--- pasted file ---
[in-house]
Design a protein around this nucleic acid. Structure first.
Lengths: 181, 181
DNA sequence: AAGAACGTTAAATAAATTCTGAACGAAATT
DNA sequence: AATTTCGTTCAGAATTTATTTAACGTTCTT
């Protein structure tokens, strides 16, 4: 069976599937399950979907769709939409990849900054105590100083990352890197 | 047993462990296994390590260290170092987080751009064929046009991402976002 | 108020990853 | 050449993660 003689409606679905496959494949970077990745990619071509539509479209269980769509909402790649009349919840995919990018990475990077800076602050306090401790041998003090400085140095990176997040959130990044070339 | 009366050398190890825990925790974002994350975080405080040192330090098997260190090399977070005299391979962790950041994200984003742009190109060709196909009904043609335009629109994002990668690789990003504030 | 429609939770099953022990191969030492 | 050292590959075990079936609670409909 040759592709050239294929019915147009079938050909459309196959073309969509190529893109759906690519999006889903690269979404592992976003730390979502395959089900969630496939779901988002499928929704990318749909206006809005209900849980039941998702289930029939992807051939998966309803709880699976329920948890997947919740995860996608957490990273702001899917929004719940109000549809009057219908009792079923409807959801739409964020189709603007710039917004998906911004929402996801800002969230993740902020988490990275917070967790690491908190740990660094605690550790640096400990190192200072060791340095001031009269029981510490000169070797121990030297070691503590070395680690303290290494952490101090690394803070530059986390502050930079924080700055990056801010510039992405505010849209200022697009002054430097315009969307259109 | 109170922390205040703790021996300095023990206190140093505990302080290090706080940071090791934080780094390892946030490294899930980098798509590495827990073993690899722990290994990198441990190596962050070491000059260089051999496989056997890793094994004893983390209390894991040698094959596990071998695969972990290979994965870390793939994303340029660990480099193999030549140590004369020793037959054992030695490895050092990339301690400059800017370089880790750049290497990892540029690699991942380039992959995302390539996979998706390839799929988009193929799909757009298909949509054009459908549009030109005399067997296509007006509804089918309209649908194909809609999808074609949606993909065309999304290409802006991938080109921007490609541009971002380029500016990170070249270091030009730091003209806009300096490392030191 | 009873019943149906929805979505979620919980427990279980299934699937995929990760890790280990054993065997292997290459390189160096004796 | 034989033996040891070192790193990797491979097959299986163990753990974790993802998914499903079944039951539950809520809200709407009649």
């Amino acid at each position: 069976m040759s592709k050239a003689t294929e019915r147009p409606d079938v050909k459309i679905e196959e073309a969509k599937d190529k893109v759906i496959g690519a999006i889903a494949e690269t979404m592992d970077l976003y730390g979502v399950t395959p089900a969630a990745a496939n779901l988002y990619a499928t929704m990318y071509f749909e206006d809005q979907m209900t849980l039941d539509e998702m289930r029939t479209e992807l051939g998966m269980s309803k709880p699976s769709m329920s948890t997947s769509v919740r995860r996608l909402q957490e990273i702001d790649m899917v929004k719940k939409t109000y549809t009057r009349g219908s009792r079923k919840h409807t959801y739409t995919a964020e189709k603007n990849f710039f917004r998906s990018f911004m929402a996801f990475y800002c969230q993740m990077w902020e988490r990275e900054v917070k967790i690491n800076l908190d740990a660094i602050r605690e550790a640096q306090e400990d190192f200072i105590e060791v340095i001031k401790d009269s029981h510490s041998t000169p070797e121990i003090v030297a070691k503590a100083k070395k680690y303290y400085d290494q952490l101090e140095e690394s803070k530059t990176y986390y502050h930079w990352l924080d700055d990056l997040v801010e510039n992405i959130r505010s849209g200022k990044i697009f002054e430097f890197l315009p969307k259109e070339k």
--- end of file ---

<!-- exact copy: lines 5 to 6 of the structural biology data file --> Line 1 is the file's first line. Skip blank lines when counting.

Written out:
DNA sequence: AATTTCGTTCAGAATTTATTTAACGTTCTT
């Protein structure tokens, strides 16, 4: 069976599937399950979907769709939409990849900054105590100083990352890197 | 047993462990296994390590260290170092987080751009064929046009991402976002 | 108020990853 | 050449993660 003689409606679905496959494949970077990745990619071509539509479209269980769509909402790649009349919840995919990018990475990077800076602050306090401790041998003090400085140095990176997040959130990044070339 | 009366050398190890825990925790974002994350975080405080040192330090098997260190090399977070005299391979962790950041994200984003742009190109060709196909009904043609335009629109994002990668690789990003504030 | 429609939770099953022990191969030492 | 050292590959075990079936609670409909 040759592709050239294929019915147009079938050909459309196959073309969509190529893109759906690519999006889903690269979404592992976003730390979502395959089900969630496939779901988002499928929704990318749909206006809005209900849980039941998702289930029939992807051939998966309803709880699976329920948890997947919740995860996608957490990273702001899917929004719940109000549809009057219908009792079923409807959801739409964020189709603007710039917004998906911004929402996801800002969230993740902020988490990275917070967790690491908190740990660094605690550790640096400990190192200072060791340095001031009269029981510490000169070797121990030297070691503590070395680690303290290494952490101090690394803070530059986390502050930079924080700055990056801010510039992405505010849209200022697009002054430097315009969307259109 | 109170922390205040703790021996300095023990206190140093505990302080290090706080940071090791934080780094390892946030490294899930980098798509590495827990073993690899722990290994990198441990190596962050070491000059260089051999496989056997890793094994004893983390209390894991040698094959596990071998695969972990290979994965870390793939994303340029660990480099193999030549140590004369020793037959054992030695490895050092990339301690400059800017370089880790750049290497990892540029690699991942380039992959995302390539996979998706390839799929988009193929799909757009298909949509054009459908549009030109005399067997296509007006509804089918309209649908194909809609999808074609949606993909065309999304290409802006991938080109921007490609541009971002380029500016990170070249270091030009730091003209806009300096490392030191 | 009873019943149906929805979505979620919980427990279980299934699937995929990760890790280990054993065997292997290459390189160096004796 | 034989033996040891070192790193990797491979097959299986163990753990974790993802998914499903079944039951539950809520809200709407009649």